Several years ago, I had a conversation with a political consultant that turned out to be eerily prescient. She recounted a focus group discussion she'd had with young women about the possibility of a Hillary Clinton campaign for the presidency. One of the young women spoke up: "I don't think I can support Grandma." Several others echoed this sentiment. They said they admired her greatly but thought she was too old for another run. They did not state opposition to her politics; they simply thought of Clinton as "too old." I wonder if some of these young women are now supporting Bernie Sanders, an elder politician who is not dismissed as "Gramps."

Let's put aside a discussion of the political agendas and strategies of Senator Sanders and Secretary Clinton. And let's forgo a dissection of their strengths and weaknesses as candidates or as leaders of this frighteningly divided nation. As all people will, they will both surely disappoint in some ways; politics requires compromise and coalition-building, and change rarely comes fast enough. Bottom line for me is that I want a Democrat to nominate our next Supreme Court justices. Their decisions greatly impact the lives of millions of Americans. And do I even need to say it? I definitely do not want a president who tweets that he "loves" Hispanics while posing in front of a "taco bowl" at Trump Tower.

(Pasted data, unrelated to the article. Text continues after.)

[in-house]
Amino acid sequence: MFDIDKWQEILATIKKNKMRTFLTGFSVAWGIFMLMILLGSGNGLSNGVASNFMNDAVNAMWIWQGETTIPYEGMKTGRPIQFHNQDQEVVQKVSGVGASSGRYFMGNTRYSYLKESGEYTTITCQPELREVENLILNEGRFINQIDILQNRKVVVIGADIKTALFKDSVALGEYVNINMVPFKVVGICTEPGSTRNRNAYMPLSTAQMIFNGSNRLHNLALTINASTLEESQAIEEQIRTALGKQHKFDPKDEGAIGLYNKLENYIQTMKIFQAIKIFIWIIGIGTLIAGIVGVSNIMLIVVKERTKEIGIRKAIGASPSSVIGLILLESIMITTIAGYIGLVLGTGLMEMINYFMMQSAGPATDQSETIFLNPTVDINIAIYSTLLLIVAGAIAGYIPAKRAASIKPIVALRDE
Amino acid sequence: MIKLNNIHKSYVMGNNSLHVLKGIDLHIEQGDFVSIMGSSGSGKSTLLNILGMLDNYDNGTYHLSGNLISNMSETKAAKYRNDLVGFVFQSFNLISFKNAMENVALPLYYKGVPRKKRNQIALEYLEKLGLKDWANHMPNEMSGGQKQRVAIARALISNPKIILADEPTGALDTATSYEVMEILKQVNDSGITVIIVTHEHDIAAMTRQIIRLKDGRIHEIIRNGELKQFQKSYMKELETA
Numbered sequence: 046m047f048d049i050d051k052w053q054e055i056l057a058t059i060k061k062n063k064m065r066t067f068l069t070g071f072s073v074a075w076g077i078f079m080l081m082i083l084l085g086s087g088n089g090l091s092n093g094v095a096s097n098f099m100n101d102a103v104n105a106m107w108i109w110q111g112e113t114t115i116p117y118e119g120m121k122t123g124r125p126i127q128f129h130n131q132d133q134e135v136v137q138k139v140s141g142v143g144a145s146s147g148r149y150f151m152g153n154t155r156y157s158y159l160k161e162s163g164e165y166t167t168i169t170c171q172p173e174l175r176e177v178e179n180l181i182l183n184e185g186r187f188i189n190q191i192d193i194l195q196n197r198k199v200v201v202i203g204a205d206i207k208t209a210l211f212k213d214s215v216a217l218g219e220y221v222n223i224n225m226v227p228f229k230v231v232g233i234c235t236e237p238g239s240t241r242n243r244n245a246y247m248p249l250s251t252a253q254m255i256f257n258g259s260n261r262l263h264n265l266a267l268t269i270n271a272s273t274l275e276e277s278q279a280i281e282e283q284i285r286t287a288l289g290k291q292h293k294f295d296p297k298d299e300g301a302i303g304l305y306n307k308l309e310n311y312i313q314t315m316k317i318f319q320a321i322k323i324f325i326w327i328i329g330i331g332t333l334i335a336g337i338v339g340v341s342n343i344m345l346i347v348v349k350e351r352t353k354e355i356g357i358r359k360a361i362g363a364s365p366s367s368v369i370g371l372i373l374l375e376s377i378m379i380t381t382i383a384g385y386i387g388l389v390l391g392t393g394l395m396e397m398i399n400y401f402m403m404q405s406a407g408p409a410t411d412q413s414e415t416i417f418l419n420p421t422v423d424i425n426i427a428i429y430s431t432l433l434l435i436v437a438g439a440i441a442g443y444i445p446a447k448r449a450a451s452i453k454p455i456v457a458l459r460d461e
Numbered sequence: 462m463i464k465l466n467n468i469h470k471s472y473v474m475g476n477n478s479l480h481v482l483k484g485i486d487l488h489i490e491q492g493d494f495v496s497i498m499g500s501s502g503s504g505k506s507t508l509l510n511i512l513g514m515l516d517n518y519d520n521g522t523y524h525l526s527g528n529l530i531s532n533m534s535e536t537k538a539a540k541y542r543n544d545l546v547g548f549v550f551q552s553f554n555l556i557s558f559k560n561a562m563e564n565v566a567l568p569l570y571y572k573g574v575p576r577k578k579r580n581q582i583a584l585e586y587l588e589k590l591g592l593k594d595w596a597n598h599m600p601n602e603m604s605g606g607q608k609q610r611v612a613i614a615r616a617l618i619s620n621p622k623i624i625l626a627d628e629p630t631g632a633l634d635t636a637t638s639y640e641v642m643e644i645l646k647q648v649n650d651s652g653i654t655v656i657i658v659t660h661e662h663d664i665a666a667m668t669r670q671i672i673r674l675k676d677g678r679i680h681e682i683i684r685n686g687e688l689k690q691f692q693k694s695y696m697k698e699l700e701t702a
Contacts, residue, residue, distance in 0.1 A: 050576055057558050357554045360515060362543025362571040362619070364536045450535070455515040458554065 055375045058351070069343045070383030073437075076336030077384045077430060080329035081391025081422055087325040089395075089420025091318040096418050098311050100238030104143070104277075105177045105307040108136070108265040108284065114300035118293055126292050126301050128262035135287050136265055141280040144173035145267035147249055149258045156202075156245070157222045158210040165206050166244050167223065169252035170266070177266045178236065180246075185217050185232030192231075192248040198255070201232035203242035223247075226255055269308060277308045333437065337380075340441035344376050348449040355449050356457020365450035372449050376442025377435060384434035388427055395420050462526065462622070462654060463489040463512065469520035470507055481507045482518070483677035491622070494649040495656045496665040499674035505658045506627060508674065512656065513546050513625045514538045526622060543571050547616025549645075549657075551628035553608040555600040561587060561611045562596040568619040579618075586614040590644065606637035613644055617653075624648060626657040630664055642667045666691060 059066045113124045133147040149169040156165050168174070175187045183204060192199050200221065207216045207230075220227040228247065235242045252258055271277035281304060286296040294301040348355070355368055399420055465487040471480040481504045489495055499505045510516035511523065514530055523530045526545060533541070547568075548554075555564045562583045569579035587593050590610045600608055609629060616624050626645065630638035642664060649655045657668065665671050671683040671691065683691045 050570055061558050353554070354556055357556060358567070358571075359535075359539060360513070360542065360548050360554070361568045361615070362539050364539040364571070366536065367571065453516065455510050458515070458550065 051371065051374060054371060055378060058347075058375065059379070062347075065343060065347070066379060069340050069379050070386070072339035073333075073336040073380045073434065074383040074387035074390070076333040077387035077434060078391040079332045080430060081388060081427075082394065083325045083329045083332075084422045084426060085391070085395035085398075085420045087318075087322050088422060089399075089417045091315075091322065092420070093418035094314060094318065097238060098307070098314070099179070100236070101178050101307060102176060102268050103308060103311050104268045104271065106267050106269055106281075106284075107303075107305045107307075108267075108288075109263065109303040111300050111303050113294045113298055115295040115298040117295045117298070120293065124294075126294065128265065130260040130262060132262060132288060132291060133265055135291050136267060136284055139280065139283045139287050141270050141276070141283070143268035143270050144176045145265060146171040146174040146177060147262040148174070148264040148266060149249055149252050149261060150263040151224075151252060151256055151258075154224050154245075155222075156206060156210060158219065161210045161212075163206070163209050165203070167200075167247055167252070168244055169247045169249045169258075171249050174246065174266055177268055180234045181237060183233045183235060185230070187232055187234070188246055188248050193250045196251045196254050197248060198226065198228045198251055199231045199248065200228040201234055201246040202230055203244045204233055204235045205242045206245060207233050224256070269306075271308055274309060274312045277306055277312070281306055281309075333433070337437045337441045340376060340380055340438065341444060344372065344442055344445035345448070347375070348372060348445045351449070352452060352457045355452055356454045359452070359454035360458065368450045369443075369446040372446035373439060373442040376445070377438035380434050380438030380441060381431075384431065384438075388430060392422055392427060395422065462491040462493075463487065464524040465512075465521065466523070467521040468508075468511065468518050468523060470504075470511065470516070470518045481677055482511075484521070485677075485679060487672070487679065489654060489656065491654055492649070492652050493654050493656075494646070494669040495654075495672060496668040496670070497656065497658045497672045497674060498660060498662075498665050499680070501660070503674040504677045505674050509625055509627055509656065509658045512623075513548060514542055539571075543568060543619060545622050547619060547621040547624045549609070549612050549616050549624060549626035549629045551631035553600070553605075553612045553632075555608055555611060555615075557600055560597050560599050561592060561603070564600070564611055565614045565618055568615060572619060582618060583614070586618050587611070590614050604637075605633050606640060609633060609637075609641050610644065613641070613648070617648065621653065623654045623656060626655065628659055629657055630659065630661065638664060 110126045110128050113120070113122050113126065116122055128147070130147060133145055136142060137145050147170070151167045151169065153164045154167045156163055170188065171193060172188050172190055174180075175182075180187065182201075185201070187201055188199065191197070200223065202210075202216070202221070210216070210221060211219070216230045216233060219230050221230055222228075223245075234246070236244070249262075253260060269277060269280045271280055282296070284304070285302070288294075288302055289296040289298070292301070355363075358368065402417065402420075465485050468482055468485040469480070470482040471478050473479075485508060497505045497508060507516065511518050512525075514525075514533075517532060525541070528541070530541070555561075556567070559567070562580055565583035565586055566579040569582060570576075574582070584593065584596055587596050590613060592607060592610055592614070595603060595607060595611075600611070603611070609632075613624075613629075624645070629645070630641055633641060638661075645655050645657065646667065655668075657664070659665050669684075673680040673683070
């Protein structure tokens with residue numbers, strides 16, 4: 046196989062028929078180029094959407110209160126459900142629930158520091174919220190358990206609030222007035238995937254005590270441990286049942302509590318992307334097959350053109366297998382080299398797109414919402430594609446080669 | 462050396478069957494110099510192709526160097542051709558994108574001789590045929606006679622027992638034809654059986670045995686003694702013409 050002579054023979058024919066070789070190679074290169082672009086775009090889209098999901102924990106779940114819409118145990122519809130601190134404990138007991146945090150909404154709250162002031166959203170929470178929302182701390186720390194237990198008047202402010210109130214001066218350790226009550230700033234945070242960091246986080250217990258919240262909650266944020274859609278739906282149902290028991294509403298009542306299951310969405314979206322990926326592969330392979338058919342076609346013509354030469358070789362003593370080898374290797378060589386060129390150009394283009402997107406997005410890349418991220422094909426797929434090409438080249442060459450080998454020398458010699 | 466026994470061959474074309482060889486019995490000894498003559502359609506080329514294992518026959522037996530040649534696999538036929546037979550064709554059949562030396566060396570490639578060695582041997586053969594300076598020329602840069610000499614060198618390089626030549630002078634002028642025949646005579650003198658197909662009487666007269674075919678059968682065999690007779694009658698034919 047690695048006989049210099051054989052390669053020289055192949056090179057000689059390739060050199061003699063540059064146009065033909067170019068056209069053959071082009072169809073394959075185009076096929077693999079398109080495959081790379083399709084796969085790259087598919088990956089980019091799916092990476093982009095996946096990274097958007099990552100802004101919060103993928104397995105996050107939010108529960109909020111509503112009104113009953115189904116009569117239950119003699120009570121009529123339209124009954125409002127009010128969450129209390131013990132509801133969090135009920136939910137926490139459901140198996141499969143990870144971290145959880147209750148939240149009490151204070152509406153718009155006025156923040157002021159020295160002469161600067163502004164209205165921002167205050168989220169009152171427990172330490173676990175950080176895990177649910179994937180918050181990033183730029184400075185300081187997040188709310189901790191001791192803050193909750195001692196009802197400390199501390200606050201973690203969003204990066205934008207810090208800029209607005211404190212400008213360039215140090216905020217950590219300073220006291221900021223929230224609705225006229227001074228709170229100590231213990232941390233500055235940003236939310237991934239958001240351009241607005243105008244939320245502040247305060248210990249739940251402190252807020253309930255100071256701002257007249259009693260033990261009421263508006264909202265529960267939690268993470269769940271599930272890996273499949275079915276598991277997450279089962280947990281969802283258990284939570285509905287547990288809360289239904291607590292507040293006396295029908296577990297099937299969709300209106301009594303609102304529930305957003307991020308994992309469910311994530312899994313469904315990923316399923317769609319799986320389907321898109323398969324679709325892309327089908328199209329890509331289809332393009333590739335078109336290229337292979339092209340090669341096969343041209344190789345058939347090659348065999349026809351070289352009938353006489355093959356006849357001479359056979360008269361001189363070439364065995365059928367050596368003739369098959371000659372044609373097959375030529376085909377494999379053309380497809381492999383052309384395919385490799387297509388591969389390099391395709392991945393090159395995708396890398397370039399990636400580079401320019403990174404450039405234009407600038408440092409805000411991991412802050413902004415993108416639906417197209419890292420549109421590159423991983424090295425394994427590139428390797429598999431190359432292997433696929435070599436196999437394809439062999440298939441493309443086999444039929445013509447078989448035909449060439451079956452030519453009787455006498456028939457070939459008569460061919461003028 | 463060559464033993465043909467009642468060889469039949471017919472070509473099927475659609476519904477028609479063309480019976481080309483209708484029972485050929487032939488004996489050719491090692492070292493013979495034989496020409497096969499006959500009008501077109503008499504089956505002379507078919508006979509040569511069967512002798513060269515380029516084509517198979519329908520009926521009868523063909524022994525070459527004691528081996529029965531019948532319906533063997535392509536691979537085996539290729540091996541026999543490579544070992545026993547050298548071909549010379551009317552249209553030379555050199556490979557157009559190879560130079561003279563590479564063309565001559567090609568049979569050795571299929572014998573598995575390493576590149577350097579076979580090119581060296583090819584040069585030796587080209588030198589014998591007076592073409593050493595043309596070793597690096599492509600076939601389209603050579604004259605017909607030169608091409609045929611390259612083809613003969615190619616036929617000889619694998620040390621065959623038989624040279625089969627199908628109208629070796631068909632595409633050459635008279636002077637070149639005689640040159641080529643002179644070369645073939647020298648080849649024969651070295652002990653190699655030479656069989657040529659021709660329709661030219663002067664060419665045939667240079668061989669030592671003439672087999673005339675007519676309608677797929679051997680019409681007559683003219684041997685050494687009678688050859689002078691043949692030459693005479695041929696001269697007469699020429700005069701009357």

Now, back to "Grandma." I have had to temporarily unfollow some of my friends and acquaintances on social media because of their sexism. Men and women, young and old, have felt a shocking lack of selfconsciousness or embarrassment about their own bias. I've been angry, disappointed and astonished as I've watched my newsfeed fill with dangerous, tired tropes about women as leaders.

There was one particularly horrible one about Secretary Clinton giving sexual favors to the African American community in order to "earn" their votes. She has been called witch, hag, and of course the other word that rhymes with witch. She's supposedly a closet lesbian, a dyke, and a manhater. People remark on her aging face, her "sneaky" smile and her "shrill" voice. It makes my stomach turn and hurts my heart, and it sets all women politicians back.

Many were surprised when the Huffington Post reported that some irate Sanders supporters emailed, texted and phoned threats to the chair of the Nevada Democratic Convention that used the "b" word and the vulgar "c" word for women's genitals. I was not at all surprised. I have watched it building for months now.

It is still not easy to be a woman in politics. When I first announced my run for Senate, I received an anonymous postcard in the mail telling me to stay home with my kids. A friend of mine who just embarked on her first political campaign in Vermont has repeatedly heard the same thing. We are also judged on our size, clothes, hair, and voices in a way that male candidates generally are not. I recently sat on a panel to discuss LGBTQ issues in the statehouse. A student asked if I'd heard much homophobia in the Legislature. I had to answer honestly: I saw more sexism.

There are real differences between the style, substance, and strategies of Bernie and Hillary. But sexism has no place in this race. Period.

Note: I will be on hiatus from this column during the campaign season so that all candidates get equal exposure. I look forward to writing again in November.

Becca Balint writes from Brattleboro on history, politics and culture. She currently serves as a state senator from Windham County.